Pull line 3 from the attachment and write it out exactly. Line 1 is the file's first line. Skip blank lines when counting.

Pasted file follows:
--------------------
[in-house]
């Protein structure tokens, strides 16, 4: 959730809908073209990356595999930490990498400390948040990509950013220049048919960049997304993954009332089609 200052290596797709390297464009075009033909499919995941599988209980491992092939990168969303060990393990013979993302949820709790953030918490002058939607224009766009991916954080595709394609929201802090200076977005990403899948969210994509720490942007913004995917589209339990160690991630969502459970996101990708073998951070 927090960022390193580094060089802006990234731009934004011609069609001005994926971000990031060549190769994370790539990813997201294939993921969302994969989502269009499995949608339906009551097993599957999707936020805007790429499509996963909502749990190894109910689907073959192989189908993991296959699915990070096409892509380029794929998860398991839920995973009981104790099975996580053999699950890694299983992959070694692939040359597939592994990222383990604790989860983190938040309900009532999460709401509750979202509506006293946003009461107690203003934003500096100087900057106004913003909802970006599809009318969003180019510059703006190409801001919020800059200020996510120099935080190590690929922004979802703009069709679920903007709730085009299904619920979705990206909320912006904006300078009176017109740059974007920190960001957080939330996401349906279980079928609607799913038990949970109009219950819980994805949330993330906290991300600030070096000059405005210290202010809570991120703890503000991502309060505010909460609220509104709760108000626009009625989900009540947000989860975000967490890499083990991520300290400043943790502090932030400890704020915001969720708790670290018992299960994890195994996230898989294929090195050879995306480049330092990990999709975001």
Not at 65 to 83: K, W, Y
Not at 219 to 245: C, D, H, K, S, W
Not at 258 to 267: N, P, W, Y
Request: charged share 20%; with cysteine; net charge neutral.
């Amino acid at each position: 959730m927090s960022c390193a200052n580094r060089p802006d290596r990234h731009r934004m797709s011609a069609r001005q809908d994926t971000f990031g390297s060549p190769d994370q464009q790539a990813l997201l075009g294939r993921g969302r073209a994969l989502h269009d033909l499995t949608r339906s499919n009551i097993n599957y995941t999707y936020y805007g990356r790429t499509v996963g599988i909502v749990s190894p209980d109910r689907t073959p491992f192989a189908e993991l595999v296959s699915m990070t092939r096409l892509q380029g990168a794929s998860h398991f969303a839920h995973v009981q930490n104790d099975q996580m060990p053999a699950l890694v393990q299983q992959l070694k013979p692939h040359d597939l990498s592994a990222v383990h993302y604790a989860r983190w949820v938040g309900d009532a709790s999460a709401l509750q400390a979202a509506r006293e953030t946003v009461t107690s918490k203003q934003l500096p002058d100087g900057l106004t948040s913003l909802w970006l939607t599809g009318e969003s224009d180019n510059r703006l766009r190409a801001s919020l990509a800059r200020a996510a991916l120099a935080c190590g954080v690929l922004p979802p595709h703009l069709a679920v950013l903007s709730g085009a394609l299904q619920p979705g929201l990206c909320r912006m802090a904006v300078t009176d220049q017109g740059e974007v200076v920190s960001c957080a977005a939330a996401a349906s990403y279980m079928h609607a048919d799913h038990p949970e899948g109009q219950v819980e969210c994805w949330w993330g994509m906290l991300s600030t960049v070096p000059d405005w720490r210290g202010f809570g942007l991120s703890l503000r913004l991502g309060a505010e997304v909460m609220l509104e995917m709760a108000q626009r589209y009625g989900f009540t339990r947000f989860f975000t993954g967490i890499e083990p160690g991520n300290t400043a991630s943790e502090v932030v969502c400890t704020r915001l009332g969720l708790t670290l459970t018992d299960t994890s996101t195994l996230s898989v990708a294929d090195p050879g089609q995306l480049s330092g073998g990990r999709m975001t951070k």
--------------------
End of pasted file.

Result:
Not at 65 to 83: K, W, Y